I visited this remarkable exhibition of Artemisia Gentileschi at the National Gallery just after it opened. We went round it twice as couldn’t go back on ourselves for reasons of distancing and I’m aiming to see it again.
I’ve focussed here on a couple of paintings including one of Gentileschi’s most famous, the incredible Judith beheading Holofernes, a larger than life-sized canvas completed when she was only 21. Look at the level of detail: the determination of her expression, the theatricality of blood spurts and drops in mid-air,
the tension in her wrist, his hair caught between her fingers, the gorgeousness of the satin-lined bedspread. It was apparently painted for Cosimo II de’ Medici. and is a virtuoso piece of art.
Here’s a slightly earlier and different version with more of Caravaggio’s influence visible in the dramatic lighting.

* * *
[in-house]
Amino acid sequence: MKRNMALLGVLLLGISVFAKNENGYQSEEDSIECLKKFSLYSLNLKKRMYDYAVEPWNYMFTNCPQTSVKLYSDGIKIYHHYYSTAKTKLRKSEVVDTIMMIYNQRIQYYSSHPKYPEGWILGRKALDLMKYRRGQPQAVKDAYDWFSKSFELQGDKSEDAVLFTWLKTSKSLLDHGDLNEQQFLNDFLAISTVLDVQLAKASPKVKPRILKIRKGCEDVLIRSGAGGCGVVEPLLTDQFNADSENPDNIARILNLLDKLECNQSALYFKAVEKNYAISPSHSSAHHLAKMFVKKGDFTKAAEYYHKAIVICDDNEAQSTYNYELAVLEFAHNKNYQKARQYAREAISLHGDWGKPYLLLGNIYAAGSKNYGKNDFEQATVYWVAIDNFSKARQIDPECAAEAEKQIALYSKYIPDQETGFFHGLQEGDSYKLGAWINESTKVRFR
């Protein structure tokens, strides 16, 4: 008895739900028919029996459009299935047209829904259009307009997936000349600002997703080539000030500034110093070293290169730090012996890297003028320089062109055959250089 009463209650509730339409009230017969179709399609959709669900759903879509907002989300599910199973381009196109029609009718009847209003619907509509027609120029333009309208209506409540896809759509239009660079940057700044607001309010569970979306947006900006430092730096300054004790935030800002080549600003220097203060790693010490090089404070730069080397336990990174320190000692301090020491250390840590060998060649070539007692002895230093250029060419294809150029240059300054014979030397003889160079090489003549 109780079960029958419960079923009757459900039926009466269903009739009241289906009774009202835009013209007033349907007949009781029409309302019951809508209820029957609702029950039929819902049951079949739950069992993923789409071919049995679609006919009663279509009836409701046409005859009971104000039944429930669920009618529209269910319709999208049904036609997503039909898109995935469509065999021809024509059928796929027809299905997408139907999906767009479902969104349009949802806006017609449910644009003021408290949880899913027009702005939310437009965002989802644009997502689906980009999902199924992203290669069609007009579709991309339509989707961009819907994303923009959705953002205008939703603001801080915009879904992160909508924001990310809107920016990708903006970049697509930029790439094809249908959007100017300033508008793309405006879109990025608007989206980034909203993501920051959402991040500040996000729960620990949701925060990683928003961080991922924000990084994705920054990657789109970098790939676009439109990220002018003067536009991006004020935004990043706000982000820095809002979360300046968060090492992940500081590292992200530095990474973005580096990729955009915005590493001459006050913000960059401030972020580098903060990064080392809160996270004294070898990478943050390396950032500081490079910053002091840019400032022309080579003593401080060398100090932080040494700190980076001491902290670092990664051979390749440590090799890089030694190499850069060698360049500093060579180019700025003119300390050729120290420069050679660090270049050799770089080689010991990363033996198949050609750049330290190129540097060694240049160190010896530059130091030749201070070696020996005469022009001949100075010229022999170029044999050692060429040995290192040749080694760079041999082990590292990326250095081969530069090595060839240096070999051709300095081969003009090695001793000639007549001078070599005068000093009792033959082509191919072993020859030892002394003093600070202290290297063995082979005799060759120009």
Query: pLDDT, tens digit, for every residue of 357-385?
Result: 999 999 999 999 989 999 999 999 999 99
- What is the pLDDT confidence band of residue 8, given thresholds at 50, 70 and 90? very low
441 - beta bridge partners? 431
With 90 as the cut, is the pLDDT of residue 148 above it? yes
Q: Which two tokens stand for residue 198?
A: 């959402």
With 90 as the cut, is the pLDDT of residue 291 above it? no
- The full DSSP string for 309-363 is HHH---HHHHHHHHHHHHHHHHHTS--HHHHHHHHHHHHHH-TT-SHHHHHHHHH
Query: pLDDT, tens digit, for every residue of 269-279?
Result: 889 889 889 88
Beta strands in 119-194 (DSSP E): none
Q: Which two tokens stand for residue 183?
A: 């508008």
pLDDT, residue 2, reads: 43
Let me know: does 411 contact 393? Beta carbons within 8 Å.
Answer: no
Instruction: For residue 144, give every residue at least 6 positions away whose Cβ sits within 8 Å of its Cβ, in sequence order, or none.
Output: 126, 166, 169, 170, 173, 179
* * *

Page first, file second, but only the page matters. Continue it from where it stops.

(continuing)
Looking at her work one can definitely observe a different sensibility from the norms of the time in her depiction of character. This must have been part of her appeal to clients in addition to her technical brilliance.
The painting below illustrates my point. Look at the contrast in this Danaë compared with Titian’s version (final image). The story of Danaë is the perfect excuse for a private male collector to commission a recumbent female nude in the throes of ecstasy.
Gentileschi’s small painting on copper depicts a woman with her legs slightly crossed, her fist clenched and a suspicious expression, hardly erotic and very unlike Titian’s huge canvas currently on display in another room.